Lee Chang-hwan, on that day, heard the good news that he was accepted by the department of business administration of Seoul National University, while nervously awaiting the result. He failed when he applied for the school months ago, yet applied again last month and finally made it with 497 out of 500 points in the CSAT.
I owe it all to my mother who fully supported me by working as an assistant in a school cafeteria, even though my familys economic condition started to worsen when my father passed away when I was a fifth grader in elementary school.
He first credited his mother for his glorious admittance to the university and said, I cannot forget my class teacher who, knowing my economic hardship, gave me reference books for teachers, and another teacher responsible for our English newspaper club who would pat me on the back whenever I felt depressed.
Lee said, To be accurate, my mother did a greater thing than I, as she passed exams last year twice, and raised his thumb, adding, I am proud of her.
His mother, Chae Pan-soon (45), has been working as an assistant chef in a middle school cafeteria in Daegu. She passed the qualification examination for high school graduation last year and the chef appointment test administered by the Daegu Metropolitan Office of Education. Only one out of every 46.2 entries succeeded in the test. Chae tearfully said, Chang-hwan would cut back on his sleeping time to tutor me in subjects I was poor at, give me a massage on the shoulders and make me coffee, although he was busy studying for the CSAT, adding, I am really proud of my son.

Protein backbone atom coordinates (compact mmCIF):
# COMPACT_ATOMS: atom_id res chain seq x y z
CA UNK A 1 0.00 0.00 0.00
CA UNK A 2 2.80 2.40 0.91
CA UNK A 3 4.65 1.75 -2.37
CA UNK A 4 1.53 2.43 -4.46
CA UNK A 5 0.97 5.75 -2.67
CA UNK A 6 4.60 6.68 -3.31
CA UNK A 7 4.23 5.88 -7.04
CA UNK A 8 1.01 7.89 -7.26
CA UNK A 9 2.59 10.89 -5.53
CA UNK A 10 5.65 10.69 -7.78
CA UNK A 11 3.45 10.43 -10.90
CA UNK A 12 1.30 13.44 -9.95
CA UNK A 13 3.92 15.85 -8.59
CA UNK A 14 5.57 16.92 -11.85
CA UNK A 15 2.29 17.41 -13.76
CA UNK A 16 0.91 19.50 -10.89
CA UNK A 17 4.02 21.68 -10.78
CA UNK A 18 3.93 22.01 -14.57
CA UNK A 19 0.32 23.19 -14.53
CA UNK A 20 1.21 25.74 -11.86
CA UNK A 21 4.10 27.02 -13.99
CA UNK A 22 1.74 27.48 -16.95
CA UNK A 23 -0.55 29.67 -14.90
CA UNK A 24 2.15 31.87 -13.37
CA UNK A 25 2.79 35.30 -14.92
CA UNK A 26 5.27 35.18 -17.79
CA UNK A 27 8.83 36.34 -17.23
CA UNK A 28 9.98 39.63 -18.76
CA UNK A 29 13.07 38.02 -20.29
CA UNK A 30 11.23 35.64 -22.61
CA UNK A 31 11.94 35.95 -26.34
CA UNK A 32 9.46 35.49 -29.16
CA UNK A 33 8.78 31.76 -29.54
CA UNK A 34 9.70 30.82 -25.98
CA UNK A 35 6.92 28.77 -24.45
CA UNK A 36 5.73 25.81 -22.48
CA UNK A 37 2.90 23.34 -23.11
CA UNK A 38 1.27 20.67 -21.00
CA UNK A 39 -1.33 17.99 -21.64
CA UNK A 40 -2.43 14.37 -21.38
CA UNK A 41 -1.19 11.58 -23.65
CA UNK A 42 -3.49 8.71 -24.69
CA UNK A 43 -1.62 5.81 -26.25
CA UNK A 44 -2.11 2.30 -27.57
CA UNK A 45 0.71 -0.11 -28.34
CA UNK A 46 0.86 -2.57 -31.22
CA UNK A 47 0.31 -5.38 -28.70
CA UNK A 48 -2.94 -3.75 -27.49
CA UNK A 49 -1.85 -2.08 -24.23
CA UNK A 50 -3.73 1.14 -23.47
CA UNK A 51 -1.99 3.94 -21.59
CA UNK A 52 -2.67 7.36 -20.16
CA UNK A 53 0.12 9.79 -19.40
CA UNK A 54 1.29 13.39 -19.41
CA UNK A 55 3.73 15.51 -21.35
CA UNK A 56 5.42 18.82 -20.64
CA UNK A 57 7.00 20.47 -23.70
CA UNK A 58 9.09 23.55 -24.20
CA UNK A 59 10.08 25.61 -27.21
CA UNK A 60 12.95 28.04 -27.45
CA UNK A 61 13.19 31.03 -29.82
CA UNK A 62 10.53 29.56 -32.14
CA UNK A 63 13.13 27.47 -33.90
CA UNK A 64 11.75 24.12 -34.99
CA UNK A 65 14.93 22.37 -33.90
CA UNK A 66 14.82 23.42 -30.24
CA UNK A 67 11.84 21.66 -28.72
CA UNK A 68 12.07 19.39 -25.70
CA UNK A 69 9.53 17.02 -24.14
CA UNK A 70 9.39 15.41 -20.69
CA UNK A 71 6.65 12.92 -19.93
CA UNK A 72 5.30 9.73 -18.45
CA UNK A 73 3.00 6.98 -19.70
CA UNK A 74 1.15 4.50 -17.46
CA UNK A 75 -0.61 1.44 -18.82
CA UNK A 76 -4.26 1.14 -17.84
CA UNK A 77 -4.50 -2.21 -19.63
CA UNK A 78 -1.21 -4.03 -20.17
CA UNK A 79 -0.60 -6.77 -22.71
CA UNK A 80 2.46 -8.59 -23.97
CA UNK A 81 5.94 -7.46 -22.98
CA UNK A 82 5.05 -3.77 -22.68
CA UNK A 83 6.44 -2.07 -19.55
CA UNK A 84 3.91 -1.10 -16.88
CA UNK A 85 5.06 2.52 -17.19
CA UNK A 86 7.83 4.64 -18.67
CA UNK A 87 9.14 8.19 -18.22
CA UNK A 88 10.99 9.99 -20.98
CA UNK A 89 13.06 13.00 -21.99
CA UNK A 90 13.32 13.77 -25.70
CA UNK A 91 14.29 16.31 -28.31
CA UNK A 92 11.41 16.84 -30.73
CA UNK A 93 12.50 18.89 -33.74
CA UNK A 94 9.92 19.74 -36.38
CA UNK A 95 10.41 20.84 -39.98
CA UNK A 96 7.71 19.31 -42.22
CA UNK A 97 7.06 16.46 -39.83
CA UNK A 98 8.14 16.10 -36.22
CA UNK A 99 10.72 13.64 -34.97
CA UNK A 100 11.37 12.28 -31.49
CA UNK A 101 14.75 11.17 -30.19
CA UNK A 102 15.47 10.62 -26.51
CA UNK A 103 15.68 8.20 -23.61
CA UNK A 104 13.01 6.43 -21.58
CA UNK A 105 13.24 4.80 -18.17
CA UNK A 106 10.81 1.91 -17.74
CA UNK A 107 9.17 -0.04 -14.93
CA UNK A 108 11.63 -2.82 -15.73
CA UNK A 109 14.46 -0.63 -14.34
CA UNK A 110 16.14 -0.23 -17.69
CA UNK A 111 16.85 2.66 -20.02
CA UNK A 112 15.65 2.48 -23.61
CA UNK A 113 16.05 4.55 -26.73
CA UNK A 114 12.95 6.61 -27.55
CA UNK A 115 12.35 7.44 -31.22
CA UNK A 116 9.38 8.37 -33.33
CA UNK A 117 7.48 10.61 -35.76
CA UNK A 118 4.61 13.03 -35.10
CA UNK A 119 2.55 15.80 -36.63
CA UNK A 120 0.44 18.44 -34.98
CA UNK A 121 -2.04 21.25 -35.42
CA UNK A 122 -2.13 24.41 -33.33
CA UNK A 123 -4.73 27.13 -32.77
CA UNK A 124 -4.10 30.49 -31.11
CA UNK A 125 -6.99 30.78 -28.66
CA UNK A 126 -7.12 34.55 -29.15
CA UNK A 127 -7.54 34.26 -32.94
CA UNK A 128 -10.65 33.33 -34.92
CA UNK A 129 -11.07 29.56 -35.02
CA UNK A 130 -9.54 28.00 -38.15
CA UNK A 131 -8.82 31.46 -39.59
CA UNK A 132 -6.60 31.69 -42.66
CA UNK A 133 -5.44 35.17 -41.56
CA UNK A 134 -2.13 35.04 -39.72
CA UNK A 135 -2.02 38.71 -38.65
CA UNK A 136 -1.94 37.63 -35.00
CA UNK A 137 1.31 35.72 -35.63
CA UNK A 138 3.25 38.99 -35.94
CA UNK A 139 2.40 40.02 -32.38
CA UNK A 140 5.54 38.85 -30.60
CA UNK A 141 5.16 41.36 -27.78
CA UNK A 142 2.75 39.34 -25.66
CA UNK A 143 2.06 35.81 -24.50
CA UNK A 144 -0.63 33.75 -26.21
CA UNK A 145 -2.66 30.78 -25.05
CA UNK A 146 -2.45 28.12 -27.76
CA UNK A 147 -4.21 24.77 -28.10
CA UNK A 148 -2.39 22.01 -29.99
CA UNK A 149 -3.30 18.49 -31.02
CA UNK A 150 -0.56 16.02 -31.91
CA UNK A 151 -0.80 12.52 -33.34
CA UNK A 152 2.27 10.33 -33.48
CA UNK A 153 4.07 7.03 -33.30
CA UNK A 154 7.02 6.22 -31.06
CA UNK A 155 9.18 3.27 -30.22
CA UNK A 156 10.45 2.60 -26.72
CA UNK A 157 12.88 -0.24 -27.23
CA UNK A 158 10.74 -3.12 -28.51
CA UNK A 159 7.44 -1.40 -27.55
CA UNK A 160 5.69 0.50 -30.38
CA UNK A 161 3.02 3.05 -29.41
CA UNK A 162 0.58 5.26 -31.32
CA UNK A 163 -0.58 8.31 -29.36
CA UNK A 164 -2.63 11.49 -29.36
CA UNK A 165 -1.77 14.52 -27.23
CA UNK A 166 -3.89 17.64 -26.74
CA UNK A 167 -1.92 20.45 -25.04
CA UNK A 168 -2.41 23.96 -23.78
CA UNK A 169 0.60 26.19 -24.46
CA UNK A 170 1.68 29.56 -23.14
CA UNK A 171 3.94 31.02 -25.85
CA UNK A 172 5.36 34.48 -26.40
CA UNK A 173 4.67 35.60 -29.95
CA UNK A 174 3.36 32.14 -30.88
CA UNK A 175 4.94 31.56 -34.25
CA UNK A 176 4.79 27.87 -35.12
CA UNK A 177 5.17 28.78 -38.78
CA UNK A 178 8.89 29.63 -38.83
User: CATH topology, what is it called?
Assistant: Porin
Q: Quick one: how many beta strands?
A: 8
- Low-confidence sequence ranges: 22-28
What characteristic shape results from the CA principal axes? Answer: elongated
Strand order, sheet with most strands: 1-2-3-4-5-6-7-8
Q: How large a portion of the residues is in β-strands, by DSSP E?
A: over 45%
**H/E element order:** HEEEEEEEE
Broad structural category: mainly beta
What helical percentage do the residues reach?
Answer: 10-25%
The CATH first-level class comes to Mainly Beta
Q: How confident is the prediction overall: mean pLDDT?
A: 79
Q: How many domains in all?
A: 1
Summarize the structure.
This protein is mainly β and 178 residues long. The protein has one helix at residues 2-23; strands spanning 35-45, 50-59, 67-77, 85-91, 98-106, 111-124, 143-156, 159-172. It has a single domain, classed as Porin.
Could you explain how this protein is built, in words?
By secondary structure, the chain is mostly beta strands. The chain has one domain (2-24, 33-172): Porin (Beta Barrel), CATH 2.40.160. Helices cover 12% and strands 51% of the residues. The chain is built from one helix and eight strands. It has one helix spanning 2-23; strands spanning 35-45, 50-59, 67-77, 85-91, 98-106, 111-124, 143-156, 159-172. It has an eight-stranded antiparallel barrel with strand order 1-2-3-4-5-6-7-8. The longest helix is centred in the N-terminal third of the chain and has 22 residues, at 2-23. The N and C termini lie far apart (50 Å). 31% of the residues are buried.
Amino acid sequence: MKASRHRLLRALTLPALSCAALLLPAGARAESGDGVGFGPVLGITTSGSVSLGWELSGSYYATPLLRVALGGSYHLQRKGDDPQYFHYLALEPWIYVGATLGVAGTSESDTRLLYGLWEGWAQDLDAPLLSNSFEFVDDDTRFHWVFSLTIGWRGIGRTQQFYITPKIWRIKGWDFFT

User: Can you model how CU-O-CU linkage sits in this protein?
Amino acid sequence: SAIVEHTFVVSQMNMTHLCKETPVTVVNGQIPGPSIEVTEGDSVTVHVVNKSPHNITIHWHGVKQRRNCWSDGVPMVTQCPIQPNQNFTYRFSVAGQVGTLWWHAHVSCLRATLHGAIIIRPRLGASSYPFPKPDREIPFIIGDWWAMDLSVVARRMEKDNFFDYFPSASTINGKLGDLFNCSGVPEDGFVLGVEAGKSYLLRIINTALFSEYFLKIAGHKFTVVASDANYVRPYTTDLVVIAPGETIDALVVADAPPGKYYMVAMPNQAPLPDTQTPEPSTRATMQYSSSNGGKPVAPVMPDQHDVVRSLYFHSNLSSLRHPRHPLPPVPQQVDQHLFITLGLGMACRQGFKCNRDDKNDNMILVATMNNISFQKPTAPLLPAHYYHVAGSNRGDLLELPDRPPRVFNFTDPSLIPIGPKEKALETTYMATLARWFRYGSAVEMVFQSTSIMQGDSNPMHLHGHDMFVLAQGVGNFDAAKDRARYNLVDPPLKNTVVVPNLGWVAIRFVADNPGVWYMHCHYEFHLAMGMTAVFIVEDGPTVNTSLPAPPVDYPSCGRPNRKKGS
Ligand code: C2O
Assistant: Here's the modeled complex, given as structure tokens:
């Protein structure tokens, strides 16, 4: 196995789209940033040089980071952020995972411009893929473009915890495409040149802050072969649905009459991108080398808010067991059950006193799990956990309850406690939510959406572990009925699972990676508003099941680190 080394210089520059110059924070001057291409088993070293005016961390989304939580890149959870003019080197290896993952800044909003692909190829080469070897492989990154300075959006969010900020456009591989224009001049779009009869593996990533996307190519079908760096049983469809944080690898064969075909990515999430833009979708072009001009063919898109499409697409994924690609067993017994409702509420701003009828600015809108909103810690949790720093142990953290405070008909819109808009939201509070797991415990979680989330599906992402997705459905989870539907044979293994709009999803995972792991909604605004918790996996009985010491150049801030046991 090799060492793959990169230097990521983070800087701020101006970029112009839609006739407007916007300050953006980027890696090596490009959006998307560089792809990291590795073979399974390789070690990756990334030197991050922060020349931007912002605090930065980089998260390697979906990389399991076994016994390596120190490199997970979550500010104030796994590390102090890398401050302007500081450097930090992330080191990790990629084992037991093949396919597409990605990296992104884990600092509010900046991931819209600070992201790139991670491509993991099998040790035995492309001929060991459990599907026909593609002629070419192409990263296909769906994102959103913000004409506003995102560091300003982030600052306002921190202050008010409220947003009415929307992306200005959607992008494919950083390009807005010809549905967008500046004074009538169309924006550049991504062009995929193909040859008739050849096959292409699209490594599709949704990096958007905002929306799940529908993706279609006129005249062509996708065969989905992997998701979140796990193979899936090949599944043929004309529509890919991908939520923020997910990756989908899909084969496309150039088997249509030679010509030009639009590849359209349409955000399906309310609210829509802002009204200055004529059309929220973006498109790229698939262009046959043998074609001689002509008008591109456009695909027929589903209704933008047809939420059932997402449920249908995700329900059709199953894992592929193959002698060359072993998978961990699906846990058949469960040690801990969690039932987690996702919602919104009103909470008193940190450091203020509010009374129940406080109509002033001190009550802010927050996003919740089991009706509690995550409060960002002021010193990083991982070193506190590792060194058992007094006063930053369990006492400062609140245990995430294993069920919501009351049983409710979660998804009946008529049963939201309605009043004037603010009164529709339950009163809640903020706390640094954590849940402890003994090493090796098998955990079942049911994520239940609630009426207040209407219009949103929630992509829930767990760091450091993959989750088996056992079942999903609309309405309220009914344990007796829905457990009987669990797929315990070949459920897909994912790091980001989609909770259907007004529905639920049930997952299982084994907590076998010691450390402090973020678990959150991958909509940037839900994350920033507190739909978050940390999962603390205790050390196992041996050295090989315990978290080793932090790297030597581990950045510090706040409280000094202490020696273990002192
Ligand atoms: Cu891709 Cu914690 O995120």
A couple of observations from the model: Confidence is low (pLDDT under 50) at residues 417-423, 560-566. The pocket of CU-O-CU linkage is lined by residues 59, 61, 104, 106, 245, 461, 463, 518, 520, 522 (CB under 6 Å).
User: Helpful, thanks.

Chang-hwans neighbors welcomed the news of the mother and the sons serial success in tough exams, particularly after Chang-hwan won a prize in a quiz contest, and said, Good things have happened altogether in Yonggye-dong.
Bae Gyu-ri, 45, was one of them. She pleasantly said, Chang-hwans mother once gathered about 10 of our neighbors to celebrate when she passed the national qualification exam, and I guess now it is our turn to invite the mother and the son to celebrate.
Lees family since January of last year has been living in a 15-pyong (one pyong is 3.954 yards) collective house where one does not have to pay rent. It was built by a benefactor in Daegu for the family.
Lee won a quiz competition last month and donated half of the prize money to an engineering scholarship foundation. He then gave the remaining 20 million won to her mother, saying, Take and use it as living expenses.
However, Chae deposited the total sum of money in a bank so that her son could later purchase books and a computer he needed during college years.
Lee announced his aspirations, saying, I would like to take the graduate course for CEOs at Harvard after I graduate from Seoul National University to become a businessman who can represent Korea.
He finished reading The Principles of Economics in a month that normal university students read for their major. Now he is busy learning English Conversation.
Lee offered his secret to great academic performance by saying, I did not stay home and study only. I was able to get high grades because I sometimes enjoyed computer games and trips, and studied various fields.
He has never gotten private tutoring or studied at a Hakwon (private cram schools) except for that he learned math from a university student, one of his acquaintances, for two months when he was in the first year of high school. His hobby as well as unique know-how of studying is to visit a nearby city library whenever he has time to read books in varying fields.
More than anything else, he makes it a rule to thoroughly read a newspaper for one to two hours every day.
He said, My past voracious reading of books from diverse fields greatly helped me get a good grade on the essay test of Seoul National University, adding, I guess behind my good grades at the CSAT and winning of the quiz contest was my habitual perusal of newspapers, the best study material ever.